Ibrahim Kendi is now probably the most popular CRT proponent.  His books are widely promoted on campuses across America.  It is assigned reading in our military!   I started this essay and then on the same night, Tucker Carlson had a whole segment on it, some of which was right and some unfair and out of context.  

Here are some points for understanding and evaluation.  First the good points.  

  1. Kendi points out that the idea of integration as the solution was not effective.  He rather says the solution is resourcing the black community.  While I do not believe in race based affirmative action (how much black blood percentages or white blood or between is discussed by him), I believe in affirmative action for the poor and marginalized.  This then will effect the ethnic groups that are most in need. The issue however is that resourcing has to go to what is proven effective and not just flushing the money down the drain.  However, a black school can be effective and there are examples. I support one very effective black school.  Quality is more important than integration. 
  2. Kendi wants to preserve black spaces so blacks can be themselves in their own cultural contexts.  However, he does not want segregation but only times of separation.  He is in favor of black and white interaction and points of integration.  
  3. He wants to emphasize that white European cultures are not the norm for evaluating other cultures.  I strongly agree with that.  Somethings are great in these cultures historically and some are not; so also with African cultures.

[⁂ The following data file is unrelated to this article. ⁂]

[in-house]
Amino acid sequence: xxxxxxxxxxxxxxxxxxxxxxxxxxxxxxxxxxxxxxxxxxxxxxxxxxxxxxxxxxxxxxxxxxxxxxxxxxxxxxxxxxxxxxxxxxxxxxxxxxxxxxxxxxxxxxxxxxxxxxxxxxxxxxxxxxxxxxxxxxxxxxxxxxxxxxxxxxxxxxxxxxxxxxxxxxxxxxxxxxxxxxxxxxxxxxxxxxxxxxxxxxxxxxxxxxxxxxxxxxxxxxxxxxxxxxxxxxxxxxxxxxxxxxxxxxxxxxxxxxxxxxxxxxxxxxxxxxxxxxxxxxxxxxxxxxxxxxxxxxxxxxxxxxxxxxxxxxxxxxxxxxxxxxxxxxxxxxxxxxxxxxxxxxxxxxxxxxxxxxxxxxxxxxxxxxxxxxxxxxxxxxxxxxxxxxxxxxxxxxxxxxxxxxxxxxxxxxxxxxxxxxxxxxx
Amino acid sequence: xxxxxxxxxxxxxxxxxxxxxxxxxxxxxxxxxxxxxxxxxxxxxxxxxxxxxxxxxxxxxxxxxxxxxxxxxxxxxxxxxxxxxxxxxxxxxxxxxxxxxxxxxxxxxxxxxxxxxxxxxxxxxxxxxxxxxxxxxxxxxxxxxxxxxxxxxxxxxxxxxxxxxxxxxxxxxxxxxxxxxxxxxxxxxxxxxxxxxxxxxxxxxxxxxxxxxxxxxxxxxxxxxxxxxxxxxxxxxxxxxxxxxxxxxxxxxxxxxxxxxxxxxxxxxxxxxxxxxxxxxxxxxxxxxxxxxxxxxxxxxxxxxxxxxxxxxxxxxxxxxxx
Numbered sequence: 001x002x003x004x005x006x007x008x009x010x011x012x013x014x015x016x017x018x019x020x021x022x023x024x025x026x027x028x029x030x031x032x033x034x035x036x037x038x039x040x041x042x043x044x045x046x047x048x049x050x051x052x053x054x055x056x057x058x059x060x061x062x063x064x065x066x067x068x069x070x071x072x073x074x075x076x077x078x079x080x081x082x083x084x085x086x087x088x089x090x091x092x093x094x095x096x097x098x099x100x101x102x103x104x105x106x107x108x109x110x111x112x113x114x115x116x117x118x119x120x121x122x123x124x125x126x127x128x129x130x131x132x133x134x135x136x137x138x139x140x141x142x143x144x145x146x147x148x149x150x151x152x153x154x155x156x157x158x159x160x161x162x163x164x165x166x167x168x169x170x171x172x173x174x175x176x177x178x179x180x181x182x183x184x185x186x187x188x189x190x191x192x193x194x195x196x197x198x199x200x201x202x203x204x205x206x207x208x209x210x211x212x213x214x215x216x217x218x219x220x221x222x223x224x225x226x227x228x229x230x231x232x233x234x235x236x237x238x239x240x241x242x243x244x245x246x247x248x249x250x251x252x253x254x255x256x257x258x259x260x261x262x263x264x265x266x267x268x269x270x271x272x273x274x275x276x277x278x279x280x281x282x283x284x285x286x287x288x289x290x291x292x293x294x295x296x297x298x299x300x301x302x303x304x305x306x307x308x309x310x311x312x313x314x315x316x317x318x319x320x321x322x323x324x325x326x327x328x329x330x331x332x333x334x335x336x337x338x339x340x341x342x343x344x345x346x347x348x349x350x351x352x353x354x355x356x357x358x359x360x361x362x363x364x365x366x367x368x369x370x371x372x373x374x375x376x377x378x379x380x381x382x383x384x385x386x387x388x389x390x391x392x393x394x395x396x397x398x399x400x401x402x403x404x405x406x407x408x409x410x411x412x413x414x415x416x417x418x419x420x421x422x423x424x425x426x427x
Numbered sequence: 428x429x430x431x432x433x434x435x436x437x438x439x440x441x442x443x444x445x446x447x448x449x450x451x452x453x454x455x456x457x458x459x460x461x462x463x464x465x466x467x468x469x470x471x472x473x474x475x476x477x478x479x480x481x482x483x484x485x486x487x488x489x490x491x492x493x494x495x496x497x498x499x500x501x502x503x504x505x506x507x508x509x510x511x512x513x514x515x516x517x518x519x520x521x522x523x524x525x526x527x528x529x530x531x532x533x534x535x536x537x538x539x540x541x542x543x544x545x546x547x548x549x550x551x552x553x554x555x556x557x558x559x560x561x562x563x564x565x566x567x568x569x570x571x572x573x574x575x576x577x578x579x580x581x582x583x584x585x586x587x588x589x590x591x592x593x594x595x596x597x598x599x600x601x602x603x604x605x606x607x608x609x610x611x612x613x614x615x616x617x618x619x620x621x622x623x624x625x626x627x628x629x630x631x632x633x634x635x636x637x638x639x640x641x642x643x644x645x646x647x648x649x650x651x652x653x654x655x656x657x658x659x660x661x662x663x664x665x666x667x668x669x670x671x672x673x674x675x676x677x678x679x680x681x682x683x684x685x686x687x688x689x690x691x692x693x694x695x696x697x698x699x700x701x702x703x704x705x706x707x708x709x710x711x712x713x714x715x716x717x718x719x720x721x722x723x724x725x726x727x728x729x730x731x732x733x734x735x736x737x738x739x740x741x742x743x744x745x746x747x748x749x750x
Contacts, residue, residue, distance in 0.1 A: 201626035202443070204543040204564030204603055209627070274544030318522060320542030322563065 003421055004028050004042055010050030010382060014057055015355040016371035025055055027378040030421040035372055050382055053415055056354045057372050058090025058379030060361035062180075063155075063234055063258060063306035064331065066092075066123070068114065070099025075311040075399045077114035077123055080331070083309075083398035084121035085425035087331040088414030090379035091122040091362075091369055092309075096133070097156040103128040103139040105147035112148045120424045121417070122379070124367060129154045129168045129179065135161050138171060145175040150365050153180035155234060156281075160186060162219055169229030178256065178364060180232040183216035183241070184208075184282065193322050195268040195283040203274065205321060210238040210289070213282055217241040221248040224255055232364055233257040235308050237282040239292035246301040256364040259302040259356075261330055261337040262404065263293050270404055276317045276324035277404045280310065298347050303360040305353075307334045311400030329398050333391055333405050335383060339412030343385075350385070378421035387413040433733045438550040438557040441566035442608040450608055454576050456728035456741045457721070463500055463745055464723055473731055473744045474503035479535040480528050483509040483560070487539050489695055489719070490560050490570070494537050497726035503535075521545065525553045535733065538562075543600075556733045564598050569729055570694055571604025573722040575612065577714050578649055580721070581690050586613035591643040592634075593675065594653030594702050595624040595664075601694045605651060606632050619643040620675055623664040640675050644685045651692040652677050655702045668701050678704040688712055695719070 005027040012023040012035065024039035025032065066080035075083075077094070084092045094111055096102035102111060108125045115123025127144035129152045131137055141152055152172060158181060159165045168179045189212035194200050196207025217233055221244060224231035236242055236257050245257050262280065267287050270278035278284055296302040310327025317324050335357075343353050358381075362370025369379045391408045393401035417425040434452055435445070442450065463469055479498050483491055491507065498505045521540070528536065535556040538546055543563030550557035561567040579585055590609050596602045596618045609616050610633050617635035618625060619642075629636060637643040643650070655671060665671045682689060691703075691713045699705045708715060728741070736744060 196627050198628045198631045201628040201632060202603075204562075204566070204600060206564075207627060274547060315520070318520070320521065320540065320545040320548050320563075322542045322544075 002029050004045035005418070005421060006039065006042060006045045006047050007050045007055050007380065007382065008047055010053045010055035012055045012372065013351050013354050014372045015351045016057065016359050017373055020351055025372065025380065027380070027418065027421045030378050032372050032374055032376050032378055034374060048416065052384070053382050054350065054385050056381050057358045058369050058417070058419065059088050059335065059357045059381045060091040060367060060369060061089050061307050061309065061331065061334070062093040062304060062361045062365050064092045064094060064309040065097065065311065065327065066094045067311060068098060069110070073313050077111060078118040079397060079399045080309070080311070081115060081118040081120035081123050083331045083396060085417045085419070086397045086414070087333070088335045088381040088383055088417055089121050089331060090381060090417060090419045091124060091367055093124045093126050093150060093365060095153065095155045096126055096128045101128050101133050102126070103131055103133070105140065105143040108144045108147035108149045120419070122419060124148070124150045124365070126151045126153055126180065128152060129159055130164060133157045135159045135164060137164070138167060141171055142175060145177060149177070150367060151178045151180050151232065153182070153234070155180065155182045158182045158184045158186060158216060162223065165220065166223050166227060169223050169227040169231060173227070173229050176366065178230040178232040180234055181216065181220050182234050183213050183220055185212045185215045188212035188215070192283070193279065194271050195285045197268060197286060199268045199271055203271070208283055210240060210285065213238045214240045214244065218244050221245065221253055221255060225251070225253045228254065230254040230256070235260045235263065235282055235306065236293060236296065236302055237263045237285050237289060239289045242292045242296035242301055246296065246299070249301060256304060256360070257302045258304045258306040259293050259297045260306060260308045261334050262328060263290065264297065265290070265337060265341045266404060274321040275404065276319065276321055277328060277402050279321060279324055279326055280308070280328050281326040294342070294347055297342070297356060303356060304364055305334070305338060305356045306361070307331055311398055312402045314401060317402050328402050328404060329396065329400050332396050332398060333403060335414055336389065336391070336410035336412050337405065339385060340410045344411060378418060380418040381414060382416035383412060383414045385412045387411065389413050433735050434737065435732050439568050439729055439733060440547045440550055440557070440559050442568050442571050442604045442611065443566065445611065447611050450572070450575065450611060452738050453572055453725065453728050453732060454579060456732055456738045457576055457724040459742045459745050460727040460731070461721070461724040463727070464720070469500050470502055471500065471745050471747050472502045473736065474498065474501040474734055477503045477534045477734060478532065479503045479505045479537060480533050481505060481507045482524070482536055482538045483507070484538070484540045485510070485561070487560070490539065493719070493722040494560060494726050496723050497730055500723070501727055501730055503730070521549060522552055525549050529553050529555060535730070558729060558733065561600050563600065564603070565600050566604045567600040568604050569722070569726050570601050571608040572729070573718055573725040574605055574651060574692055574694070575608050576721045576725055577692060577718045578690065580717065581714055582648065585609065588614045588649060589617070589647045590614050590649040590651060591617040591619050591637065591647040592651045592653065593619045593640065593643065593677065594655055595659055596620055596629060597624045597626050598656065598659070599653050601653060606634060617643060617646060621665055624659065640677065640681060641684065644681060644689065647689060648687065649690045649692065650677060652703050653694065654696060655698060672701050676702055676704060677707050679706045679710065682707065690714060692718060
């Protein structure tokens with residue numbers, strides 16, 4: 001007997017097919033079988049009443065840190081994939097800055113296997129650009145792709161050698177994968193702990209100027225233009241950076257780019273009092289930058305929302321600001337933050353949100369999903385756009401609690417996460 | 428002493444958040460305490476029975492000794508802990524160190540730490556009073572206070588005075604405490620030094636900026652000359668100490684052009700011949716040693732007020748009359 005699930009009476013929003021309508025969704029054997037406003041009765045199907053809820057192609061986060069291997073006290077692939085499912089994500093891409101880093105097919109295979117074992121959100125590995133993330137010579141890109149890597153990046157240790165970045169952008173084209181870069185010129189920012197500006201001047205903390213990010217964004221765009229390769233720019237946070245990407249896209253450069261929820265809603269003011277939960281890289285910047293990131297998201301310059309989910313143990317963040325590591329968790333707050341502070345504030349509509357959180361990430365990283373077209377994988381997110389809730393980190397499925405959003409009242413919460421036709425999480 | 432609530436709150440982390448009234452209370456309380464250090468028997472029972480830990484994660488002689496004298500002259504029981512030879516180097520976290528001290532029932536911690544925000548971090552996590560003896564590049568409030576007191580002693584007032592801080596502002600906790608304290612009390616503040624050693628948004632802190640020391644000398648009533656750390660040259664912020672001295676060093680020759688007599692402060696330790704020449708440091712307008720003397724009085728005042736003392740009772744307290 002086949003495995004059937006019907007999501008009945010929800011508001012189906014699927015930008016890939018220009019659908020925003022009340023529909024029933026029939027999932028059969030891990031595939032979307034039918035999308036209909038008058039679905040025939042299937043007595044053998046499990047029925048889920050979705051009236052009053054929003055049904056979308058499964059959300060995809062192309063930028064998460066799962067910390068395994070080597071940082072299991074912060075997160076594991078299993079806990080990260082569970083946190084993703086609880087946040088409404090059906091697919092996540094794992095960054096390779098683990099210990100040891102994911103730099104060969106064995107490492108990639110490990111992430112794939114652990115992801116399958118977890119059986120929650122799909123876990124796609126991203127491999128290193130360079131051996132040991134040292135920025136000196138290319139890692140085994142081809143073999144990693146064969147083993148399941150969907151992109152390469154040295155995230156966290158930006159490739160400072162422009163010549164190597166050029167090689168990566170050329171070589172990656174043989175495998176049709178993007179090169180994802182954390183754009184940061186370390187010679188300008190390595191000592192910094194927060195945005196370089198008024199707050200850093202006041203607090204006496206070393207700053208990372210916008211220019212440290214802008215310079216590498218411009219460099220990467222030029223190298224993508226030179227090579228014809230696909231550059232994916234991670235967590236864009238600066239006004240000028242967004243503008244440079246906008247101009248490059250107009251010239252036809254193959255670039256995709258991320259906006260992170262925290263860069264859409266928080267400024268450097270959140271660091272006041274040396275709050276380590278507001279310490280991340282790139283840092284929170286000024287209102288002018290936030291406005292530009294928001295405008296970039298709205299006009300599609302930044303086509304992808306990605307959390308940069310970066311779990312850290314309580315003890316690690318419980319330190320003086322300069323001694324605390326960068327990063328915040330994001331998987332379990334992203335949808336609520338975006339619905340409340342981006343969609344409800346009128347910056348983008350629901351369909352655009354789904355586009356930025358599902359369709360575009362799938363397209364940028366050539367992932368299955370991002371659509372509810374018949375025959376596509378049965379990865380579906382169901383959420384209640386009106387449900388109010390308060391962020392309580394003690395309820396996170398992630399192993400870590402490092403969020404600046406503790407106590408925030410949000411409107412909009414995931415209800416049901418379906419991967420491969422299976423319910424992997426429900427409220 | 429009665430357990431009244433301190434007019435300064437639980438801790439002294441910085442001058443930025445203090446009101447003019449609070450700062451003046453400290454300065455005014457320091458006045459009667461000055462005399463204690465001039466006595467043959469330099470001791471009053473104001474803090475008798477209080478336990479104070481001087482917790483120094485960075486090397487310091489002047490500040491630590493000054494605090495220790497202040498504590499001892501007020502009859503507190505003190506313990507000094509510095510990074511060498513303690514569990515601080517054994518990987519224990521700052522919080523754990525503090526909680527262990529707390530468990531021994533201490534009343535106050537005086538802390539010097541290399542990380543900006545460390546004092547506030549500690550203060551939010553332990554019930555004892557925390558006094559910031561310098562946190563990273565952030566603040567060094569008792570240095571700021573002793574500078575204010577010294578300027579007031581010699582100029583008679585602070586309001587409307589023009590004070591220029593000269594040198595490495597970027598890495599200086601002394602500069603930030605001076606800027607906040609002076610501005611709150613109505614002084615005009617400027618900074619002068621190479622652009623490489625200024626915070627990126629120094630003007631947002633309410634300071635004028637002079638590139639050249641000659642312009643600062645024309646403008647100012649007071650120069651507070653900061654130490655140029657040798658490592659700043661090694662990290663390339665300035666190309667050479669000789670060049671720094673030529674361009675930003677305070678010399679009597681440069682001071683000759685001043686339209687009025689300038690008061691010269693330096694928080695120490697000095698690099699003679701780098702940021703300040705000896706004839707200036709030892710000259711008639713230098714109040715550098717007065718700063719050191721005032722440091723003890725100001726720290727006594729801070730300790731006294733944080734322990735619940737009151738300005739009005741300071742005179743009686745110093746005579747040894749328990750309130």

4. Kendi sees the center of racism not as ideological prejudice but self-centeredness. Self-centeredness is behind the creation of the racists ideas that can use and oppress others for self.  I think this is indeed very true.  There are those who historically could not grasp cultures and their positive values when they were not white Europeans, and they were only drawing conclusions out of their own ethnocentrism and did not use others for themselves. But others took these evaluations of inferiority to aggrandize themselves.    
  5. Kendi does seek a more just world where advancement and prosperity is more well distributed and benefits more.  This is a biblical ideal which I will explain toward the end of this article. He does not realize that his ideals of equality are partly Bible based and in the long run will not be sustained without the Bible.  
  6. Kendi understands that race is a social construction and that there are many ethnicities and many shades of skin color. However, because of racism, we have to deal with race as a category to overcome the oppression of the past.   

Here are the most problematic and troubling views

  1. Relativistic Theory of Knowledge.  (Relativistic Epistemology).  The idea of objective truth is rejected.  Readers who have not studied his area of philosophy may not realize what this means, but it is central.  All students of the theory of how we come to know something is true and really the way things are (objective) know that the quest is hard.  Yet there must be no giving up of the quest.  The quest for objective knowledge is not just a western idea or something that is part of white culture and white supremacy as asserted.  Many cultures have developed the basic laws of logic.  Yeshua appeals to logic and shows the contradictions of the Pharisees.  When one rejects logic and objective truth one loses the ability of evaluation.  It leads to irrationality and incoherence.  Narratives are created.  Arguing for a view is a power assertion for how one wants to things to be, but with no basis of reality.  Kendi asserts this relativism and undercuts his whole argument.